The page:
That’s when the Wolverines defense has a chance to be special again. Not only do those players have the athleticism and talent to be successful with more experience, but the revolving door of defensive schemes will be over.
Don’t forget some of the current crop are learning their fifth different system in five years. Michigan went from Ron English to Scott Shafer to Greg Robinson’s 3-4 to Greg Robinson’s 3-3-5 to Mattison’s 4-3.
No wonder they’ve been such a wreck. Consistency in coaching should do a lot for their performance.
His transition to the pro-style offense has been the major storyline this spring, so naturally Robinson’s 5-for-14 passing performance had some fans reaching for the panic button.
What, did you think Shoelace would look flawless in the new offense after 15 practices?
Still plenty of time
Campbell arrived at Michigan in 2009 touted as one of the best defensive recruits in recent memory. So far, the 6-foot-5, 333-pounder hasn’t matched the lofty expectations.
Those expectations have been unfair, and perhaps symbolic of how the recent defensive woes fostered a sense of desperation.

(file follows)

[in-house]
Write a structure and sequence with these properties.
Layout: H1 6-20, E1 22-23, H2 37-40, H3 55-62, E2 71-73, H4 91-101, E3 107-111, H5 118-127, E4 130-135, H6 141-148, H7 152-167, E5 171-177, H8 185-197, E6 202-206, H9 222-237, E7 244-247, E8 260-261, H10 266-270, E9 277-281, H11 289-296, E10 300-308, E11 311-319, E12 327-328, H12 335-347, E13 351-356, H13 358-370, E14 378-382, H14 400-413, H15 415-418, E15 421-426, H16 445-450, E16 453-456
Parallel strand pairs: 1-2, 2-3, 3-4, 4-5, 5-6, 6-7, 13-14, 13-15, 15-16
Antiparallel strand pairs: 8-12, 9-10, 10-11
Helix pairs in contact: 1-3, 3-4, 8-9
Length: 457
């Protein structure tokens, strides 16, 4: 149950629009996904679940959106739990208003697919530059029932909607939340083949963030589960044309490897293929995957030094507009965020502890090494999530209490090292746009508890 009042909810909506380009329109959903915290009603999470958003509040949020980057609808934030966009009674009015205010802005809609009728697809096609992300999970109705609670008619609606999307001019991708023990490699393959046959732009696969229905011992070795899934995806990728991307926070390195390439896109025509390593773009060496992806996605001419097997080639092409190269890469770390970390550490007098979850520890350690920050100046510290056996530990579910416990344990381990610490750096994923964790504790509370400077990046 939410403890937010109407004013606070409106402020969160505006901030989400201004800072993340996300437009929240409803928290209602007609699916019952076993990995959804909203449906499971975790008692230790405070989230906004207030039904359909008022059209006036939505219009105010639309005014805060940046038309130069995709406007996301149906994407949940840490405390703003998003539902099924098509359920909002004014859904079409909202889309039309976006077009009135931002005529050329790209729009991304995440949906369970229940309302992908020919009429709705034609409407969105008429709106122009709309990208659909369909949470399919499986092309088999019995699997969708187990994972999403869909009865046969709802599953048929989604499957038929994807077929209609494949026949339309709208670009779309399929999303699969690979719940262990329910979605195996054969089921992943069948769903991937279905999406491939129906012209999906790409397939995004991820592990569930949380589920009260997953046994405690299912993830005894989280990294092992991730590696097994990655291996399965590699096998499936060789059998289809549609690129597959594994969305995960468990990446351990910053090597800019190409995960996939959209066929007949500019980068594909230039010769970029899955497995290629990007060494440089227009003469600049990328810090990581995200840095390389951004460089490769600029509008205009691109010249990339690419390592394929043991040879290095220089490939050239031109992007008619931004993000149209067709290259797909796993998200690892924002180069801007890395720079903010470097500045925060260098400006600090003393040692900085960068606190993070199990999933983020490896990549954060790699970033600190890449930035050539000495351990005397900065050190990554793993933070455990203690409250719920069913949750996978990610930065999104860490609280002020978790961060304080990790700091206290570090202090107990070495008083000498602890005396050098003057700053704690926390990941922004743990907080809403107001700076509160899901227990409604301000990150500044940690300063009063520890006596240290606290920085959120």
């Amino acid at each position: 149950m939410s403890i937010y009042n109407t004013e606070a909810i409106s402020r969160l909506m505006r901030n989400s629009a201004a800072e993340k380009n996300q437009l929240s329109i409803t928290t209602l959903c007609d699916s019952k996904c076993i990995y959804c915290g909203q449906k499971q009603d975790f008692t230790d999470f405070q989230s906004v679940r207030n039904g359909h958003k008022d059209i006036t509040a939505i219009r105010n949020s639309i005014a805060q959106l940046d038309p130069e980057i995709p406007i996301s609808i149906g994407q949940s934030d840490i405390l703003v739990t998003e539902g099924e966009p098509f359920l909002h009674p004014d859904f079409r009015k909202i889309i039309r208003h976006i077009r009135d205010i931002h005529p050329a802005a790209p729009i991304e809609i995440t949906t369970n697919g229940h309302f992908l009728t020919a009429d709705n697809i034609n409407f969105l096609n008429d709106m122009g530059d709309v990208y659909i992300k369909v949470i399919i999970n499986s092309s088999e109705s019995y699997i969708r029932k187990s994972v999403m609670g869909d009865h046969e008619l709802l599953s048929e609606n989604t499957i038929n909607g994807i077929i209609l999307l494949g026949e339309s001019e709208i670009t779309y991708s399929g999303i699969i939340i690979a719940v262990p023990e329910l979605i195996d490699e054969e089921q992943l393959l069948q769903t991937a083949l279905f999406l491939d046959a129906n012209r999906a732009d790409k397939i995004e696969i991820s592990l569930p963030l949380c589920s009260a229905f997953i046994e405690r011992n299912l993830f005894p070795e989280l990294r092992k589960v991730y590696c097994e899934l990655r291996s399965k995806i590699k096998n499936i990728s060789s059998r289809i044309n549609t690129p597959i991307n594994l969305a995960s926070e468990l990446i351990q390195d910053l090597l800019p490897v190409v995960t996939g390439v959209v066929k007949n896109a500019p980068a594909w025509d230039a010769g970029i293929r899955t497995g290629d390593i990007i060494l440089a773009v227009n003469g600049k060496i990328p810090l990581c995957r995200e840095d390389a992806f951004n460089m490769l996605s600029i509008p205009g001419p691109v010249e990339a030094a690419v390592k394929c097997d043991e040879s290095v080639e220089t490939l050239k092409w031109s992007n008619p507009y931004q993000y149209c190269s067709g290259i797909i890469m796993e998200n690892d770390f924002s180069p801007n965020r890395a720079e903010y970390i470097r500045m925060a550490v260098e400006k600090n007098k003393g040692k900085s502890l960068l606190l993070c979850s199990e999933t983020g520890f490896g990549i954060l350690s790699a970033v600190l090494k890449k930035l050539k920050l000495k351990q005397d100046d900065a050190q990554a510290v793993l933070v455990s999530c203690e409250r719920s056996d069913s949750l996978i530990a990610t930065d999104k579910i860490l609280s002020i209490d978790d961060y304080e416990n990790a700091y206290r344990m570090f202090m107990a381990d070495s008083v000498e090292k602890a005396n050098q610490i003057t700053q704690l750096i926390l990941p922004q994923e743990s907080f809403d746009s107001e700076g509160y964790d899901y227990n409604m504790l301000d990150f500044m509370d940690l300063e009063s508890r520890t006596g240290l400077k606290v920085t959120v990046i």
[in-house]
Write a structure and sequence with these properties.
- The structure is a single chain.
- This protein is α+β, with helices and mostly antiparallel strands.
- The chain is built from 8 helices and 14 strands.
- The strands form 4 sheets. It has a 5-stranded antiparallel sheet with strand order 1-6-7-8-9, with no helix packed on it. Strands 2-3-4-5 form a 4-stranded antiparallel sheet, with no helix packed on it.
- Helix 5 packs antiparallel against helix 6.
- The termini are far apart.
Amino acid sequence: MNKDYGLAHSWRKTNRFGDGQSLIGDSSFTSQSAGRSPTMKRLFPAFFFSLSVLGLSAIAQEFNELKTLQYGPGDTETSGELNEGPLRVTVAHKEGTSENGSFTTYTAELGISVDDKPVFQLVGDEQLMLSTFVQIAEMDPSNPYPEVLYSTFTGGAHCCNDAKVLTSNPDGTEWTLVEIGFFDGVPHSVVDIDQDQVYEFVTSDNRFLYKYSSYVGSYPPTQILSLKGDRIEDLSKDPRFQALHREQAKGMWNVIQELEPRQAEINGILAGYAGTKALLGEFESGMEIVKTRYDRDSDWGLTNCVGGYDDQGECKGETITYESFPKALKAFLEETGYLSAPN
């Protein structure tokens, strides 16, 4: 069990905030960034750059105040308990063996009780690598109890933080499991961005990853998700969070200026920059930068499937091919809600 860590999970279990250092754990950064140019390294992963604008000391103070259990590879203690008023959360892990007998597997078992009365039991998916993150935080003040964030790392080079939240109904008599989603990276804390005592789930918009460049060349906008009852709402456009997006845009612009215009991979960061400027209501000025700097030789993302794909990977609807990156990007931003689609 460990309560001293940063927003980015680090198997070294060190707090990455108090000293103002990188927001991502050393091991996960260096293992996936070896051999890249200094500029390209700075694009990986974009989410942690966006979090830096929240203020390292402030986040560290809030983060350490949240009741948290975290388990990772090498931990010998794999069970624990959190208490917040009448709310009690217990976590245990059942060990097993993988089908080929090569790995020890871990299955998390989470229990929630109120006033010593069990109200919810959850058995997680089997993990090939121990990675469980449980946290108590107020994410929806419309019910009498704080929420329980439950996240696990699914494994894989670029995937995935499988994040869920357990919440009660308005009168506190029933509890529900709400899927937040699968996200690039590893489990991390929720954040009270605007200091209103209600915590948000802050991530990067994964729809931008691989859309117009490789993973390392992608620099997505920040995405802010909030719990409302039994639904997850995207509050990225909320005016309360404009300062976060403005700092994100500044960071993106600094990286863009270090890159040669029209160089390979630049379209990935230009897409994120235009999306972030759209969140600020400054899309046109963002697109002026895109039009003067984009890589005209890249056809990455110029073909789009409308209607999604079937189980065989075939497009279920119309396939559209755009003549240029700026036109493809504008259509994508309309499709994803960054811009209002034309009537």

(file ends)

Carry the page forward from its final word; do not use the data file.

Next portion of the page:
If Campbell would have played at Michigan at any time other than the midst of this nightmarish three-year stretch, he’d likely just be getting ready to make his first contributions to the team. He’ll be a true junior in the fall. He’s barely two years out of high school at Cass Tech.
But he’s already considered a bust in many circles because he couldn’t match the ridiculous hype brought on by ridiculous recruiting fervor, couldn’t be a savior for a bad defense.
To be fair, it’s not entirely external factors. Campbell admits he needed to improve his work ethic.
“I stopped being all lazy,” he said Saturday, regarding his transformation under the new coaching staff. “I’m working a lot harder right now.”
That’s on him. For the rest of us, it’s still worth remembering that there’s plenty of time for Campbell to have a successful career at Michigan.
Pete Bigelow covers Michigan football for AnnArbor.com. He can be reached at (734) 623-2556, via email at email@example.com and followed on Twitter @PeterCBigelow.